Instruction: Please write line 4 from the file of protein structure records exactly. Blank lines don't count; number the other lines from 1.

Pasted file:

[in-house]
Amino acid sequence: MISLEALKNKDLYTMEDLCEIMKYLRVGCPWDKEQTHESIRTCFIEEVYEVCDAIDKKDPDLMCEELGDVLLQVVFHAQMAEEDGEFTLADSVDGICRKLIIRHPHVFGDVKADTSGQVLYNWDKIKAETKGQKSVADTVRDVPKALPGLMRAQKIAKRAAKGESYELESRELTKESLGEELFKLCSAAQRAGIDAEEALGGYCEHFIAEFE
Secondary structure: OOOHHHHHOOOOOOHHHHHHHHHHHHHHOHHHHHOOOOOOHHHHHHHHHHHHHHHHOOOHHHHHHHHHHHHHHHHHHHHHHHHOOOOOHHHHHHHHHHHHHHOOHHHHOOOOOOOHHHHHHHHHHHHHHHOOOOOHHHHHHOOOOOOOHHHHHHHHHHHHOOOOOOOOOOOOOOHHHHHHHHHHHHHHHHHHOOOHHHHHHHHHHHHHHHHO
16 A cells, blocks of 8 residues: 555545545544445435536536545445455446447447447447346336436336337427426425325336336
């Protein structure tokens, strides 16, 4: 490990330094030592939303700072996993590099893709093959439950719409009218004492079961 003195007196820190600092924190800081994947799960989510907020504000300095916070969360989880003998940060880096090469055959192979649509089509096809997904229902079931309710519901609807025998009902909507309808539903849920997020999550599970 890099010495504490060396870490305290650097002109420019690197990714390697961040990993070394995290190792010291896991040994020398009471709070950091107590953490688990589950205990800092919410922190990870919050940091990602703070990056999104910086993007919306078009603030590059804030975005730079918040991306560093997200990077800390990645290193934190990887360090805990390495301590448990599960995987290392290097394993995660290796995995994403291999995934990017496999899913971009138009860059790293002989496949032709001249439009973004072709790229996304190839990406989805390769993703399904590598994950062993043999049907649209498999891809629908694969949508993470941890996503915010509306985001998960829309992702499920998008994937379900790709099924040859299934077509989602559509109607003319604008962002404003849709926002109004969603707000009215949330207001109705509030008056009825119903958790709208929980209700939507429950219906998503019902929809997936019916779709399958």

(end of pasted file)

16 A cells, blocks of 8 residues: 555545545544445435536536545445455446447447447447346336436336337427426425325336336